Wasatch Cache National Forest
In partnership with: Utah Division of State Parks and Recreation, The Friends of the Utah Avalanche Center, Utah Department of Emergency Services and Homeland Security and Salt Lake County.



Wednesday, February 22, 2006  7:30am
Good morning, this is Evelyn Lees with the Forest Service Utah Avalanche Center with your backcountry avalanche and mountain weather advisory.  Today is Wednesday, February 22, 2006, and it’s about 7:30 am.


We will be giving a free Avalanche Awareness talk at the Sandy REI Thursday night at 7pm. 


Tonight is the last night to catch the Banff Mountain Film Festival at Kingsbury Hall.  A long time fundraiser for the Friends of the Utah Avalanche Center, you can get tickets at Kingsbury Hall, Art-Tix, the Outdoor Rec Program at the U and REI.  For more info, call 581-8516.


Current Conditions:

A moist, northwest flow has brought mostly cloudy skies and a dusting of snow to the mountains.  Temperatures have warmed, and are in the teens below 9,000’ and the single digits at the higher elevations.  Unfortunately, the northwesterly winds have notched it up again along the ridgelines, with many stations reporting 15 to 20 mph averages, with gusts in the 30’s.  The most exposed locations have averages in the 40’s, with gusts in the 50’s.  The best riding conditions will be on wind sheltered, northerly facing slopes in wonderful powder.


Avalanche Conditions:

Yesterday’s moderate winds were already stirring up trouble in the Ogden and Provo area mountains.  Several natural and one human triggered soft slab were reported. (Click here for photos and snow profile.)  These were up to a foot deep, with one about a 150’ wide and running over 1000’ in steep terrain.  In the less windy Salt Lake and Park City mountains, loose sluffs continued to be the reported activity, running up to 500’.  They were getting a bit too big to muscle your way out of, piling up 2 to 3’ of debris even without a terrain trap. 


Out of the soft slab/loose sluff pattern, there was a disquieting reminder of a potential problem to come.  A significant hard slab was triggered by a natural cornice fall along a ridgeline in the Ogden area mountains.  It was one finger hard slab, 3’ deep by 400’ wide.


Winds will continue to work their mischief today, blowing the snow into sensitive soft to medium hard wind drifts.  This morning, the stronger winds are affecting the Salt Lake mountains, so the drifts will be more widespread in this area.  The wind drifts will be most common along the ridge lines, but they will also form down in some open bowls and around sub ridges and gully walls.  These sensitive soft slabs will release easily with slope cuts, as will fresh cornices.  And while they will take a big trigger, it seems some of those old hard wind slabs might be coming back to haunt us, and if you trigger one, the slide will be significantly deeper and wider.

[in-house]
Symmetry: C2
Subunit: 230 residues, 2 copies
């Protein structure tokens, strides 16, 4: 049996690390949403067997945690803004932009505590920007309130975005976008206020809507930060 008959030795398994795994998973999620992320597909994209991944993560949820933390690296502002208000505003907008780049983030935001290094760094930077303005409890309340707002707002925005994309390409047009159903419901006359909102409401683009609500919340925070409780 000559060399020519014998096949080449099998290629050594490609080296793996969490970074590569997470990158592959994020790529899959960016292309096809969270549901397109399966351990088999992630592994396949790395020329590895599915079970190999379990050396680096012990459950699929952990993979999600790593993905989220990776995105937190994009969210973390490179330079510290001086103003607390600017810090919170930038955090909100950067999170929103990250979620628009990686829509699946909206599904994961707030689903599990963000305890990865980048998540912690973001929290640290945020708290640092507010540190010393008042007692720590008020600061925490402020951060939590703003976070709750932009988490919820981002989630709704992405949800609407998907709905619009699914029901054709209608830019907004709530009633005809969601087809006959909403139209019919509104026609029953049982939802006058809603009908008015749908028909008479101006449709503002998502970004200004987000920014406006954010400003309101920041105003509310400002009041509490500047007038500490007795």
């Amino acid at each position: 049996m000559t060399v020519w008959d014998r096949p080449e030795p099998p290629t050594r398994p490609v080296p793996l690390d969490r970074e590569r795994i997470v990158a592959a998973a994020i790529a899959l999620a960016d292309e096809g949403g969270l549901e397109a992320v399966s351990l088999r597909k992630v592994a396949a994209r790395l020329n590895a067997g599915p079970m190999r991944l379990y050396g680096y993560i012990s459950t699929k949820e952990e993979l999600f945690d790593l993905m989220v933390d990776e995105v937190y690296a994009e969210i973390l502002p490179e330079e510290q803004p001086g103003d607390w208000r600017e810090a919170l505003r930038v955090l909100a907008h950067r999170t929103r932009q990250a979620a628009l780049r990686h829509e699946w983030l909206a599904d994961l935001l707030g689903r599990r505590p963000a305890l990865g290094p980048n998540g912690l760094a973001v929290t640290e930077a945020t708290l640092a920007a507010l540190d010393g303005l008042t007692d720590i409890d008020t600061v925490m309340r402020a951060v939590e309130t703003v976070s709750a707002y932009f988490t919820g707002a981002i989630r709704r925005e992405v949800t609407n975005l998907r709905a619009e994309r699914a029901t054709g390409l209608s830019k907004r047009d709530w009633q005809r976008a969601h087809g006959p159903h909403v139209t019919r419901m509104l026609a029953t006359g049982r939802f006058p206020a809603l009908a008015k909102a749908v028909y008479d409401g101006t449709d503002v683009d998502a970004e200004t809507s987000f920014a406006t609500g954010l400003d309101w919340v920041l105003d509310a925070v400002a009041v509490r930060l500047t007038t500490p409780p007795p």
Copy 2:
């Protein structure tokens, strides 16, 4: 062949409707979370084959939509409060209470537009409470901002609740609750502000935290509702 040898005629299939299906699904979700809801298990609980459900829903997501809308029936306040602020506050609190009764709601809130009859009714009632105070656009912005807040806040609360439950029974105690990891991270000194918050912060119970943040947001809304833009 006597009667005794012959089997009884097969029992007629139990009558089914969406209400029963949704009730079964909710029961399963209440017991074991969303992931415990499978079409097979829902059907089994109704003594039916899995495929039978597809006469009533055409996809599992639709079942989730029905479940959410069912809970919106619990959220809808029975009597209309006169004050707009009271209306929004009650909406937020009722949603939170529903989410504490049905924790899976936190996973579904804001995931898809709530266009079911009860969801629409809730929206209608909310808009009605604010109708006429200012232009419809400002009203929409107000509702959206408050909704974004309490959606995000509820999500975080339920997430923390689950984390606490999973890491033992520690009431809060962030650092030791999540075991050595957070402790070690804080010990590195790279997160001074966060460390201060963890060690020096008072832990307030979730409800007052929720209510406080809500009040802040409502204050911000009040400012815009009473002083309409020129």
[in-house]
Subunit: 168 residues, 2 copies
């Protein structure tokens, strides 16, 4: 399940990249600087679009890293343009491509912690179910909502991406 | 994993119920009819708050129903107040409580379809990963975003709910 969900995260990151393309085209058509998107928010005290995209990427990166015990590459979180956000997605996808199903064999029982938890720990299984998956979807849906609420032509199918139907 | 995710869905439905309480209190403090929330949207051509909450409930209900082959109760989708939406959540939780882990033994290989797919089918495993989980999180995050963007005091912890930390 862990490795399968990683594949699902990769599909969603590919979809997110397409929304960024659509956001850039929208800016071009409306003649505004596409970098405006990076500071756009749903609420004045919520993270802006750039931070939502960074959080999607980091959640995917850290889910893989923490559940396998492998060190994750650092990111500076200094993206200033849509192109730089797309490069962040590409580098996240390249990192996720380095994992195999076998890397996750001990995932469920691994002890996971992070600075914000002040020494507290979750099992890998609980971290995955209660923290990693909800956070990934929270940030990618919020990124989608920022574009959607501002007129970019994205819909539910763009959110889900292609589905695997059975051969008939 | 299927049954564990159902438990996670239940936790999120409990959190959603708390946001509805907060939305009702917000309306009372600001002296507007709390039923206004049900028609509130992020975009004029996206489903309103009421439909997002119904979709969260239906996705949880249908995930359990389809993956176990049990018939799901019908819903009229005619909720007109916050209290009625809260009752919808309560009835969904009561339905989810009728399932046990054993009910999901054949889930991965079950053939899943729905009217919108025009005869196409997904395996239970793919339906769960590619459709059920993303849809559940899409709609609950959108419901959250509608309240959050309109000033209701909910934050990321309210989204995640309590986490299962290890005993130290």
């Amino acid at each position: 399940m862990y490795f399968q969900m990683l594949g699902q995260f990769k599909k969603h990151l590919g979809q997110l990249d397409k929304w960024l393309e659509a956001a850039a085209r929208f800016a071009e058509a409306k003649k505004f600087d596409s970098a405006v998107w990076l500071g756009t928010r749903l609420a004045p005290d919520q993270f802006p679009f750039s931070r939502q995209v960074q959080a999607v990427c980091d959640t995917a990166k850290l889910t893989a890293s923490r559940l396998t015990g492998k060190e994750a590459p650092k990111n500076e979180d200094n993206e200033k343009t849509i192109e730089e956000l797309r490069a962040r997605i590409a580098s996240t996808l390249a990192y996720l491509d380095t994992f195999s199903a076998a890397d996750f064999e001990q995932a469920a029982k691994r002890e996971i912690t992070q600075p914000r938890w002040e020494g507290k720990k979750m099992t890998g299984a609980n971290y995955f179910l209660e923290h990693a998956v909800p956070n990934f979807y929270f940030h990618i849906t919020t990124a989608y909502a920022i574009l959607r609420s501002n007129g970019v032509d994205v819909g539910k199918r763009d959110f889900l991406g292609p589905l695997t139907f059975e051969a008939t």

Bottom Line:

Today, the avalanche danger is MODERATE on slopes steeper than 35 degrees with recent drifts of wind blown snow.  In the highest, windiest terrain, there are pockets of CONSIDERABLE avalanche danger, with natural avalanches and cornice falls possible.   Out of the wind affected terrain, the avalanche danger is mostly LOW, but long running sluffs are large enough to take you for a ride in the steepest terrain.  


Mountain Weather:

A northwest flow over the region will bring mostly cloudy skies and light snow showers to the mountains today through Thursday.  The northwesterly winds will be persistent today, remaining in the 15 to 25 mph range across most ridgelines, with locally stronger speeds.  Temperatures will warm into the mid 20’s at 8,000’ and the mid teens at 10,000’.  Peeking into the future, high pressure should move in for a sunny weekend, with a storm on tap for early next week.



Click here to check out our new online avalanche encyclopedia.


Early birds and snow geeks can catch our 6AM report at 364-1591.

Click HERE for a text only version of the avalanche advisory.

To have this advisory automatically e-mailed to you each day, click HERE. 

UDOT also has a highway avalanche control work hotline for Big Cottonwood, Little Cottonwood, and Provo canyons, which is updated as needed. 801-975-4838.

Yesterday, Wasatch Powderbirds flew in Cardiff, Mineral, Grizzly, Toledo SE and the Bountiful Sessions, and if they can fly today, they will be in White Pine, Cardiff, Days, Sliver, Grizzly, American Fork and the Sessions.  For more info, call 742-2800.

Please report any backcountry snow and avalanche conditions.  Call (801) 524-5304 or 1-800-662-4140, email [email protected] or fax 801-524-6301.  The information in this advisory is from the U.S. Forest Service, which is solely responsible for its content.  This advisory describes general avalanche conditions and local variations always occur.

Bruce Tremper will update this advisory by 7:30 Thursday morning.  Thanks for calling.